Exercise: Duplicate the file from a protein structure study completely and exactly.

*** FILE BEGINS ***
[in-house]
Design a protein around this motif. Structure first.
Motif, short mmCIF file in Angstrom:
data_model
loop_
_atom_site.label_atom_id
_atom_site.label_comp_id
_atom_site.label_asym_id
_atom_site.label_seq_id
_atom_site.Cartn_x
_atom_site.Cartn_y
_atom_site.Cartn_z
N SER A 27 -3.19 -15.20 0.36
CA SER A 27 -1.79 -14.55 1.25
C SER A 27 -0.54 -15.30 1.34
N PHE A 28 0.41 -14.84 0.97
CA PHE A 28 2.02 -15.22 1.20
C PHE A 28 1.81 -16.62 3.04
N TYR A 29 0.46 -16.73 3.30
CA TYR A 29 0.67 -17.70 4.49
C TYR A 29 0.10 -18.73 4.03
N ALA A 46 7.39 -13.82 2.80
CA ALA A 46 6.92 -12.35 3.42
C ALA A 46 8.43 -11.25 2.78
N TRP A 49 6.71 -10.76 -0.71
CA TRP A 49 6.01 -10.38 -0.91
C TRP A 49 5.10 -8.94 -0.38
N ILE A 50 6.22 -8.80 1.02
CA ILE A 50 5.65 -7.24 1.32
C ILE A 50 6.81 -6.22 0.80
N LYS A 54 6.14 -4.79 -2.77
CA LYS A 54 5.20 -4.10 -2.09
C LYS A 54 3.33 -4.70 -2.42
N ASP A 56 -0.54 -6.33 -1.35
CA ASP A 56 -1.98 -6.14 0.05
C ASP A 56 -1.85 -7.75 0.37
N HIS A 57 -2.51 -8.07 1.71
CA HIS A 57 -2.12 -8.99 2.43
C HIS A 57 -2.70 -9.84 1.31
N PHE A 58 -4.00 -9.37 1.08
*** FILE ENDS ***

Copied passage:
[in-house]
Design a protein around this motif. Structure first.
Motif, short mmCIF file in Angstrom:
data_model
loop_
_atom_site.label_atom_id
_atom_site.label_comp_id
_atom_site.label_asym_id
_atom_site.label_seq_id
_atom_site.Cartn_x
_atom_site.Cartn_y
_atom_site.Cartn_z
N SER A 27 -3.19 -15.20 0.36
CA SER A 27 -1.79 -14.55 1.25
C SER A 27 -0.54 -15.30 1.34
N PHE A 28 0.41 -14.84 0.97
CA PHE A 28 2.02 -15.22 1.20
C PHE A 28 1.81 -16.62 3.04
N TYR A 29 0.46 -16.73 3.30
CA TYR A 29 0.67 -17.70 4.49
C TYR A 29 0.10 -18.73 4.03
N ALA A 46 7.39 -13.82 2.80
CA ALA A 46 6.92 -12.35 3.42
C ALA A 46 8.43 -11.25 2.78
N TRP A 49 6.71 -10.76 -0.71
CA TRP A 49 6.01 -10.38 -0.91
C TRP A 49 5.10 -8.94 -0.38
N ILE A 50 6.22 -8.80 1.02
CA ILE A 50 5.65 -7.24 1.32
C ILE A 50 6.81 -6.22 0.80
N LYS A 54 6.14 -4.79 -2.77
CA LYS A 54 5.20 -4.10 -2.09
C LYS A 54 3.33 -4.70 -2.42
N ASP A 56 -0.54 -6.33 -1.35
CA ASP A 56 -1.98 -6.14 0.05
C ASP A 56 -1.85 -7.75 0.37
N HIS A 57 -2.51 -8.07 1.71
CA HIS A 57 -2.12 -8.99 2.43
C HIS A 57 -2.70 -9.84 1.31
N PHE A 58 -4.00 -9.37 1.08